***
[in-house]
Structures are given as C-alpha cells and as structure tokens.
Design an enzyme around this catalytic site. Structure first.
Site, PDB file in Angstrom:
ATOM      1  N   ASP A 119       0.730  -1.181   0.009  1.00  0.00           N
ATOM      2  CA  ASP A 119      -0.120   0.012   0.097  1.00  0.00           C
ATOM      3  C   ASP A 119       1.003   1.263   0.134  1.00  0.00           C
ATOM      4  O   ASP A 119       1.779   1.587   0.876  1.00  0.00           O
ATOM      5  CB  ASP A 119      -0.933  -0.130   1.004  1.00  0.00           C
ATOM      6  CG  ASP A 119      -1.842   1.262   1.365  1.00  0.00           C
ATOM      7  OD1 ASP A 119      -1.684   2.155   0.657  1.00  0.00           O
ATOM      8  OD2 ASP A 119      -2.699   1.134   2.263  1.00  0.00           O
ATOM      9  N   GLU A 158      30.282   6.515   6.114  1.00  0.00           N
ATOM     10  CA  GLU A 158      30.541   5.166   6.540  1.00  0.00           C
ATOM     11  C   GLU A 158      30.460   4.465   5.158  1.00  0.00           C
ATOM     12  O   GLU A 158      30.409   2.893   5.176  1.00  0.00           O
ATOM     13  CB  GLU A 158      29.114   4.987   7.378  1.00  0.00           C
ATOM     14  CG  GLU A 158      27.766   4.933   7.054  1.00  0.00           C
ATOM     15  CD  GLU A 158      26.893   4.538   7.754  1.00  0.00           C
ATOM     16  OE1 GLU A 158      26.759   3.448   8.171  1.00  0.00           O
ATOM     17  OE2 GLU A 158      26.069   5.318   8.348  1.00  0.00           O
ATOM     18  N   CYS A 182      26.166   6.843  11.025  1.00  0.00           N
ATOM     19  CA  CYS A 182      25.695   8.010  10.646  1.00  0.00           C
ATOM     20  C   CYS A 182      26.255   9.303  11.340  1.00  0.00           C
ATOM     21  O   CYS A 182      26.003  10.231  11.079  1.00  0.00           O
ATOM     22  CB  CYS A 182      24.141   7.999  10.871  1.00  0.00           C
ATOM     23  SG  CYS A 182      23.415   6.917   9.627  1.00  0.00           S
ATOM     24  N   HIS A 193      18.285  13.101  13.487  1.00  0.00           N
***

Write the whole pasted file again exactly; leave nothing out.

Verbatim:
[in-house]
Structures are given as C-alpha cells and as structure tokens.
Design an enzyme around this catalytic site. Structure first.
Site, PDB file in Angstrom:
ATOM      1  N   ASP A 119       0.730  -1.181   0.009  1.00  0.00           N
ATOM      2  CA  ASP A 119      -0.120   0.012   0.097  1.00  0.00           C
ATOM      3  C   ASP A 119       1.003   1.263   0.134  1.00  0.00           C
ATOM      4  O   ASP A 119       1.779   1.587   0.876  1.00  0.00           O
ATOM      5  CB  ASP A 119      -0.933  -0.130   1.004  1.00  0.00           C
ATOM      6  CG  ASP A 119      -1.842   1.262   1.365  1.00  0.00           C
ATOM      7  OD1 ASP A 119      -1.684   2.155   0.657  1.00  0.00           O
ATOM      8  OD2 ASP A 119      -2.699   1.134   2.263  1.00  0.00           O
ATOM      9  N   GLU A 158      30.282   6.515   6.114  1.00  0.00           N
ATOM     10  CA  GLU A 158      30.541   5.166   6.540  1.00  0.00           C
ATOM     11  C   GLU A 158      30.460   4.465   5.158  1.00  0.00           C
ATOM     12  O   GLU A 158      30.409   2.893   5.176  1.00  0.00           O
ATOM     13  CB  GLU A 158      29.114   4.987   7.378  1.00  0.00           C
ATOM     14  CG  GLU A 158      27.766   4.933   7.054  1.00  0.00           C
ATOM     15  CD  GLU A 158      26.893   4.538   7.754  1.00  0.00           C
ATOM     16  OE1 GLU A 158      26.759   3.448   8.171  1.00  0.00           O
ATOM     17  OE2 GLU A 158      26.069   5.318   8.348  1.00  0.00           O
ATOM     18  N   CYS A 182      26.166   6.843  11.025  1.00  0.00           N
ATOM     19  CA  CYS A 182      25.695   8.010  10.646  1.00  0.00           C
ATOM     20  C   CYS A 182      26.255   9.303  11.340  1.00  0.00           C
ATOM     21  O   CYS A 182      26.003  10.231  11.079  1.00  0.00           O
ATOM     22  CB  CYS A 182      24.141   7.999  10.871  1.00  0.00           C
ATOM     23  SG  CYS A 182      23.415   6.917   9.627  1.00  0.00           S
ATOM     24  N   HIS A 193      18.285  13.101  13.487  1.00  0.00           N